During math workshop and other times during the first few weeks of school, we’ll be learning to play several of the games that support mathematical thinking. I plan to have several games with instructions set up and available for students to play. I have also enlarged a few of the games so they can be played on the magnetic blackboard. Giant versions of games like Sumoku by Blue Orange will invite kids to play and strategize collaboratively.
I want the invitations around the three computers to go beyond game playing. Sure, we’ll play games, but I want them to know we’ll also be creating things with the technology available. I’ve always posted websites above my computers, printing off home pages of websites I’ll want the students to visit early in the year. A quick sign that says, “Websites Worth Visiting” with the homepage displays of Wonderopolis and Dogonews is a great invitation to check them out. Having a QR code as part of each of these posters meets several goals. It gets their hands on technology, and it lets them see different ways to get to the same site.
One of our technology specialists, Rhonda Luetje, described something she does called Copy Cat — she shares an image created in a program such as Pages and challenges students to use the tools of the program to create the same image. I love this idea and the message it gives students about creation, problem-solving and technology. I plan to have invitational signs next to one or two of the computers that share an image, and invite students to try to recreate it with the program on the screen. It will be a perfect opportunity to observe how students approach technology and challenges.
Another posting near the computers will be an invitation to use the program, Garage Band. This will be a program we use throughout the year and one I want them to play with early on. As a way into this program, I’ll house a basket of “books that are fun to read aloud” near the computers with an invitation to try to record their readings with Garage Band. I’ll also display a pair of foam boards that invite children to play with sound/dialogue while using Garage Band entitled, “How would these characters say this?”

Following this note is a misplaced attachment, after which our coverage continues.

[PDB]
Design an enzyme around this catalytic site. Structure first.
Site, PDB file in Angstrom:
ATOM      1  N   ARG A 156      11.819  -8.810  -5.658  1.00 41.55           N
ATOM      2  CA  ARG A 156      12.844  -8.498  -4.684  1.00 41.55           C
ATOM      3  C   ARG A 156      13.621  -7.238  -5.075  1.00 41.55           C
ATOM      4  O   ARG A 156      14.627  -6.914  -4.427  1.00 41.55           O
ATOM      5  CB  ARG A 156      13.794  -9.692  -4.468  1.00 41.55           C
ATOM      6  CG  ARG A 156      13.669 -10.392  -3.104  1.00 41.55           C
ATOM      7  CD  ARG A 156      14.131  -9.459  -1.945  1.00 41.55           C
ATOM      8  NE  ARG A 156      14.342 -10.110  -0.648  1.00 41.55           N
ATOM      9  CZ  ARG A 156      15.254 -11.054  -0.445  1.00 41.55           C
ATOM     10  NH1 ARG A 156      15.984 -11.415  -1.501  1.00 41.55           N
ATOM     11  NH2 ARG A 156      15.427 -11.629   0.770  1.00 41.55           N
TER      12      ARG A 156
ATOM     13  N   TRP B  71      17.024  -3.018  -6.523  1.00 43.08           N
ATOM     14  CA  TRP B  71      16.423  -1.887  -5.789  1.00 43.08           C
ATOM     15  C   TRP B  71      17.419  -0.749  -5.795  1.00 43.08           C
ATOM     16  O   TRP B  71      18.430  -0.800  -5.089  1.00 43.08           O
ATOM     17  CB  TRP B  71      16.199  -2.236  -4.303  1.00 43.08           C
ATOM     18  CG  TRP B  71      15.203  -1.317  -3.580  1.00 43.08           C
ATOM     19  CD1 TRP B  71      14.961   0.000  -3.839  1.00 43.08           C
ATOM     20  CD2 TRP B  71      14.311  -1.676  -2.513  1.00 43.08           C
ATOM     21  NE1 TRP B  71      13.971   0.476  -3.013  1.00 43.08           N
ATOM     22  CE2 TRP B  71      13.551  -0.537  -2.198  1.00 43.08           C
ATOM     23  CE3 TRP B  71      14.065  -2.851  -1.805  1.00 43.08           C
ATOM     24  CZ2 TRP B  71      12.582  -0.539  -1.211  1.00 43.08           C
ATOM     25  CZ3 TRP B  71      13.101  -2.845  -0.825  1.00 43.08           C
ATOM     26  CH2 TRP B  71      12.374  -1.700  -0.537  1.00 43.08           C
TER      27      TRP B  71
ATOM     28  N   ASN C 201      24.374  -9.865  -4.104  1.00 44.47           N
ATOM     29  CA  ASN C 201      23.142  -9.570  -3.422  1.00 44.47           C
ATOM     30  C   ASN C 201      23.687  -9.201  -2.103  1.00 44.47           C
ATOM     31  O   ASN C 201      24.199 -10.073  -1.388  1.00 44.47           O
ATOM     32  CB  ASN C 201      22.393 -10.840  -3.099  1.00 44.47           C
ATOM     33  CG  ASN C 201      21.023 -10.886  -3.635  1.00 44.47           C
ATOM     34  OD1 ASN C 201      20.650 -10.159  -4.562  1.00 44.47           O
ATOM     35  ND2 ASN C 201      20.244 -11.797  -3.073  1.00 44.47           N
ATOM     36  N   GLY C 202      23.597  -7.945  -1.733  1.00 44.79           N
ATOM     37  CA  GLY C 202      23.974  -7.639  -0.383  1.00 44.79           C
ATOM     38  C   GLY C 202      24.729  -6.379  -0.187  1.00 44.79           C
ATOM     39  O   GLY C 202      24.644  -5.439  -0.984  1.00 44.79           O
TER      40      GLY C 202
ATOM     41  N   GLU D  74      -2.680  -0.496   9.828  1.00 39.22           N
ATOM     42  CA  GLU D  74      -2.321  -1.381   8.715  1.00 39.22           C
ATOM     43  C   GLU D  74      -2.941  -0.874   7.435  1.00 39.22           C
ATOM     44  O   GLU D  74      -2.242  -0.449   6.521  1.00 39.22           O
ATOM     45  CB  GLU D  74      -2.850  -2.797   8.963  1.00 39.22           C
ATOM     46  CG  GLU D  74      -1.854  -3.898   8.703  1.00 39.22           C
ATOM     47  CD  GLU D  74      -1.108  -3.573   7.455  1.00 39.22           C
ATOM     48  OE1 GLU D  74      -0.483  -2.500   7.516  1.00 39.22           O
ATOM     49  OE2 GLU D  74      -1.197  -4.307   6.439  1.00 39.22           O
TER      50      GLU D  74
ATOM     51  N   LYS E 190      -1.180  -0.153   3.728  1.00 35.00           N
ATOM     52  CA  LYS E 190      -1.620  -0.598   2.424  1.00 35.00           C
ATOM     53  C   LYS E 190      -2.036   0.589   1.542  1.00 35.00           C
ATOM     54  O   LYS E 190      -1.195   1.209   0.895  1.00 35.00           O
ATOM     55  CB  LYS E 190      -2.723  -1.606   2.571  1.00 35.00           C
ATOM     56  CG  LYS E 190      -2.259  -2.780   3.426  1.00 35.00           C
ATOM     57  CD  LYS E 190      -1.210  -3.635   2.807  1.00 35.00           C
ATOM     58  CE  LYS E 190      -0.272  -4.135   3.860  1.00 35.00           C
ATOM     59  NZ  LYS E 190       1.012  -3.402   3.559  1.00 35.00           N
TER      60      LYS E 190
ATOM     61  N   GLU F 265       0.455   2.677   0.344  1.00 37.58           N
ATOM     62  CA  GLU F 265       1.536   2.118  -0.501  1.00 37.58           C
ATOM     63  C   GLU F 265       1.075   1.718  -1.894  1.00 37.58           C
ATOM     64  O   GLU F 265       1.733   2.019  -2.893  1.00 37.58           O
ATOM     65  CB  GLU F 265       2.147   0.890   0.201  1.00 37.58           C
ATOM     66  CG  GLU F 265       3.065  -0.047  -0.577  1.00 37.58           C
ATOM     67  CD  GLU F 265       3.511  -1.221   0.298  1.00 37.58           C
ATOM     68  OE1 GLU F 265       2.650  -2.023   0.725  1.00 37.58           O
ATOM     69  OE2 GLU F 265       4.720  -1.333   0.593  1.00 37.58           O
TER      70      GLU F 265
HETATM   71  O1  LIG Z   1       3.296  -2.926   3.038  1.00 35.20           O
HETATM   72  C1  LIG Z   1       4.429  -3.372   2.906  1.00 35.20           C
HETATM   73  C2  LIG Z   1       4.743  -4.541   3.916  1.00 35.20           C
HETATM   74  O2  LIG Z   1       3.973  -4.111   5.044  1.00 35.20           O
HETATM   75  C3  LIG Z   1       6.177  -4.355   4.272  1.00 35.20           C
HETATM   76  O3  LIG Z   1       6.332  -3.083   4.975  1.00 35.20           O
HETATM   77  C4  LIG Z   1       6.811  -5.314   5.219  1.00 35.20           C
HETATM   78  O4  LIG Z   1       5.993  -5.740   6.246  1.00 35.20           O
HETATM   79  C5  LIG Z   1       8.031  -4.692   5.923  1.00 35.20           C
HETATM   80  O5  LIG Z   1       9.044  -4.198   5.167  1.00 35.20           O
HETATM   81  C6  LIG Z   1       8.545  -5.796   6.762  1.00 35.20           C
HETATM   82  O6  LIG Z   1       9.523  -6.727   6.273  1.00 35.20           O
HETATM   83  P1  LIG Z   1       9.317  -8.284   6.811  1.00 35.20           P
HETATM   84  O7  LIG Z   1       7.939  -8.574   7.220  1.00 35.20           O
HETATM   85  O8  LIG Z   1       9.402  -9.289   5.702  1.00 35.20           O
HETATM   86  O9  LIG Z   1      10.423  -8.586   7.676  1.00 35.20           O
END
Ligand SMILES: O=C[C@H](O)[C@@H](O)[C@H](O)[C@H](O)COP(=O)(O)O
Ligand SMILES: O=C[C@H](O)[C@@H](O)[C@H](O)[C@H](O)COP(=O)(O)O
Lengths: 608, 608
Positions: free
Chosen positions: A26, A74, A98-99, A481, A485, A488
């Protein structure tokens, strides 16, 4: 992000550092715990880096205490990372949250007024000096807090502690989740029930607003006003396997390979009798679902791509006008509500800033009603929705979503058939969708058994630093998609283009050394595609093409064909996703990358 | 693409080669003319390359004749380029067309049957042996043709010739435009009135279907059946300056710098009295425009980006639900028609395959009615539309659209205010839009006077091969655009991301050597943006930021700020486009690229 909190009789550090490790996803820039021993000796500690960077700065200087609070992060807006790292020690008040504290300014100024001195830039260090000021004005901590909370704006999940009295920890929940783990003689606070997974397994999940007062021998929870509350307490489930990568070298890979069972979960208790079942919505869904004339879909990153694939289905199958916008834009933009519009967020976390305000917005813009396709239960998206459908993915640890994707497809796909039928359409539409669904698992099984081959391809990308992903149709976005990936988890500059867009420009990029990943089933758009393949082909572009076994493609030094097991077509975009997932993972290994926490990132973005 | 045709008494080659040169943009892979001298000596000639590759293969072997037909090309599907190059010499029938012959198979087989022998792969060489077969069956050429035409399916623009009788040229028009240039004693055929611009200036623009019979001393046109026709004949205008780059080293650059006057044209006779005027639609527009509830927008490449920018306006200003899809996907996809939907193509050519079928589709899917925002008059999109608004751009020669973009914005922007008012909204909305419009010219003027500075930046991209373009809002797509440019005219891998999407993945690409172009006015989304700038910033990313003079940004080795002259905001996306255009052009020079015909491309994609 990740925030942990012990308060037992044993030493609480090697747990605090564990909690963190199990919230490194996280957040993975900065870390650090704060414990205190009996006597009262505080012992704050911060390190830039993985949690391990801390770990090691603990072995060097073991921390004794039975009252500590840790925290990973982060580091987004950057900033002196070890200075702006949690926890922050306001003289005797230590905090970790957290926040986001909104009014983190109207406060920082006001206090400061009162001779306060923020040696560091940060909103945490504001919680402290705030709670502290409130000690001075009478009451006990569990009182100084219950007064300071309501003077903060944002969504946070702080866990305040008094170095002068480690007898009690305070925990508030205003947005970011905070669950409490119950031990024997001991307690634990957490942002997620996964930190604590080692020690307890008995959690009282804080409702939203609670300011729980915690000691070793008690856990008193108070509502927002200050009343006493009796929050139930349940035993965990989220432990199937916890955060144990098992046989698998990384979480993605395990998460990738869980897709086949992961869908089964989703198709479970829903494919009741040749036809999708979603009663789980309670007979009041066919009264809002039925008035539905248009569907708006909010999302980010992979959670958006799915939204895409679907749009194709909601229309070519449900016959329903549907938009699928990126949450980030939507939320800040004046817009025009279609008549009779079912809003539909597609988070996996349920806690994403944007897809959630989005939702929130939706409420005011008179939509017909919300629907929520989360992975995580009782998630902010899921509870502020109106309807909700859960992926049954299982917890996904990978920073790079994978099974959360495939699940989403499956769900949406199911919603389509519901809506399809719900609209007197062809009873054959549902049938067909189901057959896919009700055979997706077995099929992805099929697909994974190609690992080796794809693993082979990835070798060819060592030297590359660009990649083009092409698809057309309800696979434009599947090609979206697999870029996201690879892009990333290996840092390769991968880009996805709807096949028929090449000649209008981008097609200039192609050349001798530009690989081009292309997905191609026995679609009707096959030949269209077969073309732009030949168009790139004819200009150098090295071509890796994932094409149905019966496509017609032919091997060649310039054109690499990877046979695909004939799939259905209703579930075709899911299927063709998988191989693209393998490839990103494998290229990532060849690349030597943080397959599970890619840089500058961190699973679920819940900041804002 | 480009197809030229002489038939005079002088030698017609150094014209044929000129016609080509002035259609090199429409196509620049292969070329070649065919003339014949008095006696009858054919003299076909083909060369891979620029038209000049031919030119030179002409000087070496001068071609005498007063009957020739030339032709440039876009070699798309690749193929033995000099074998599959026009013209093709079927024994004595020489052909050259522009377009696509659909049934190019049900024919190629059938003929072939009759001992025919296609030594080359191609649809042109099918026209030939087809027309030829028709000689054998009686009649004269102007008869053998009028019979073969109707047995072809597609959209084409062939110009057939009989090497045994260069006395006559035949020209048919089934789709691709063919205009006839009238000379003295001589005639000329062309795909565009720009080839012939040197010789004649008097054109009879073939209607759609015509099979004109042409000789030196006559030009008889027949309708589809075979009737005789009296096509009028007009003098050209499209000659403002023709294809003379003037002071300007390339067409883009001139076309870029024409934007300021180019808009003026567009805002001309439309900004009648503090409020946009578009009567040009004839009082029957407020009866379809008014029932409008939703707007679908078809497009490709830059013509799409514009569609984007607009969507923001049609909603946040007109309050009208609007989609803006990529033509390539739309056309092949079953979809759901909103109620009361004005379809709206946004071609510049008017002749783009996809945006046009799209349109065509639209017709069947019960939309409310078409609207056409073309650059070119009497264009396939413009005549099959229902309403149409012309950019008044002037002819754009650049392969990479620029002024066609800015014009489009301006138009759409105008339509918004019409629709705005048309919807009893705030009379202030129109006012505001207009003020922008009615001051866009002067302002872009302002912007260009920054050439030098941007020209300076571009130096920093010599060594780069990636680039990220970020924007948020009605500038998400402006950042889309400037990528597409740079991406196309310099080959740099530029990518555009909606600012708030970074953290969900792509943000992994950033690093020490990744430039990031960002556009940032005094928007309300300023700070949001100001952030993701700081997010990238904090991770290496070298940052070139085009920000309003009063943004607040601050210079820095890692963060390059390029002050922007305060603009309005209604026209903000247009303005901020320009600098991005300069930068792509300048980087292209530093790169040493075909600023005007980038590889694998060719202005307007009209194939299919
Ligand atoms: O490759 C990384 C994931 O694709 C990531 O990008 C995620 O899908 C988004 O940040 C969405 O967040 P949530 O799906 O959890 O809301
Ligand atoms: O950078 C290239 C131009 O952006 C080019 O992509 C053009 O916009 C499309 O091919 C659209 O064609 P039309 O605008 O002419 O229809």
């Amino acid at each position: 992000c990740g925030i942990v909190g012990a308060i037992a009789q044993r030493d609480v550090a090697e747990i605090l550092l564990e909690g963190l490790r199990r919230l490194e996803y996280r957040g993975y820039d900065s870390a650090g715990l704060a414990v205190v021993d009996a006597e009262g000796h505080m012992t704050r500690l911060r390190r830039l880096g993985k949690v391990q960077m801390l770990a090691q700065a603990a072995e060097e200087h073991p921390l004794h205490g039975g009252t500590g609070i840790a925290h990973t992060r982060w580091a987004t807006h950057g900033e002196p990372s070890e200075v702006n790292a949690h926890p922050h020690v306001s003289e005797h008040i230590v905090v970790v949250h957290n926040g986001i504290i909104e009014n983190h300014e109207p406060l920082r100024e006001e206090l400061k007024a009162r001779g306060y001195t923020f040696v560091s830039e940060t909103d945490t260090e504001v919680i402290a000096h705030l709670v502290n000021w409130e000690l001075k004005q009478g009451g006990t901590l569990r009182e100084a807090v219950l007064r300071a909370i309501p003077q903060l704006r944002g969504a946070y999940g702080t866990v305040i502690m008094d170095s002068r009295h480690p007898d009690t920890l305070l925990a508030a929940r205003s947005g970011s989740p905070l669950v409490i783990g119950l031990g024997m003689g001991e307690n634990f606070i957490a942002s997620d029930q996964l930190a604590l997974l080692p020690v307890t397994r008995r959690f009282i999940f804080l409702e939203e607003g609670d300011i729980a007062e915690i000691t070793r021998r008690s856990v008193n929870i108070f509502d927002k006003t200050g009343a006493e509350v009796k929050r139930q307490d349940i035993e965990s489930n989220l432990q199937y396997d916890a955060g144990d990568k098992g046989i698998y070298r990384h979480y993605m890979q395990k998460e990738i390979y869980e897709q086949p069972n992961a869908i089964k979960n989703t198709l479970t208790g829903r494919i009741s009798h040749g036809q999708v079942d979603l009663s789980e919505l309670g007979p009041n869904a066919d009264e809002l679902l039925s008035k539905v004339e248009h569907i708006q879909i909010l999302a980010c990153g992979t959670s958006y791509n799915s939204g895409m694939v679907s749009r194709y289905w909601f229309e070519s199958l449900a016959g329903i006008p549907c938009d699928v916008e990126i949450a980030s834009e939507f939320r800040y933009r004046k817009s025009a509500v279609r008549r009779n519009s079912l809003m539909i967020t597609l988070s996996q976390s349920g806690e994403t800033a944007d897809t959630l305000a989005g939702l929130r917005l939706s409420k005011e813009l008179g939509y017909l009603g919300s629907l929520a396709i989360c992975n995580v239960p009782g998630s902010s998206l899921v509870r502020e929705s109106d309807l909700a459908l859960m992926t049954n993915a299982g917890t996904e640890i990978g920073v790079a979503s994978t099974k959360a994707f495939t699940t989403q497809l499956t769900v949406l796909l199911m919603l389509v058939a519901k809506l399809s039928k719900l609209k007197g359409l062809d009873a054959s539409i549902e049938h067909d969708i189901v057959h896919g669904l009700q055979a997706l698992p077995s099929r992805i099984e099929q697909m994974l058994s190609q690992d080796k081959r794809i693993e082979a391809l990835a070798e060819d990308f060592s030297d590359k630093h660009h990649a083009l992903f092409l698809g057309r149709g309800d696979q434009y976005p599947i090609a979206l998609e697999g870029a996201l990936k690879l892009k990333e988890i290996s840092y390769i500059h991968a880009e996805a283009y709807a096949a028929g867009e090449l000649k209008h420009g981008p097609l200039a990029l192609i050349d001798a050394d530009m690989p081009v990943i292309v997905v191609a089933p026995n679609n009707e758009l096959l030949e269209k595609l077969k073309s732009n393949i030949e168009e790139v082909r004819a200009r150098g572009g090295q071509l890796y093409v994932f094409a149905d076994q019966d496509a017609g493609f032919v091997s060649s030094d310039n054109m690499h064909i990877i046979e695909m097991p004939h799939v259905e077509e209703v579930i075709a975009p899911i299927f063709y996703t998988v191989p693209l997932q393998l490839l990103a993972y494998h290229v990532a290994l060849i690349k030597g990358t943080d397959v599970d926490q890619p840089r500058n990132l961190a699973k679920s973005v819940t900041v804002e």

To learn to live our lives as digital writers, we will be working on several websites. All of these will link from our district created-classroom website. To help families find the site, I will have business cards with a QR code to our site available for them to take home after a visit to the classroom.
In math and science we learn to collect and analyze data. I know the conversations will be good ones, and I start those conversations by asking questions for students to answer. I will post these questions around the room, and revisit them during those first few weeks of school in order to build the math and science understanding of the first unit.
Building toys are great learning tools, and I incorporate them often in math and science work. Invitations come through pairing the K’Nex structures, for example, with “copy cat” photos. Near the Marbleworks, I might ask students questions such as, “Can you create a self-standing track that takes exactly 15 seconds for the marble to travel from top to bottom?” I will likely include a few videos links with how-to instructions for building various structures with Legos.
The walls and displays in my classroom early in the year are invitations, just like those in a museum — to explore, try something new, or reconnect with favorite characters and pastimes. There are opportunities for individuals to think alone, and many invitations to converse with others. Which invitations students respond to will tell me a great deal about who they are, what they enjoy, and how they approach a challenge. I can’t wait to hear the chatter throughout the classroom during those first few days of school. I know that these conversations will give us lots to build on as we create a new community.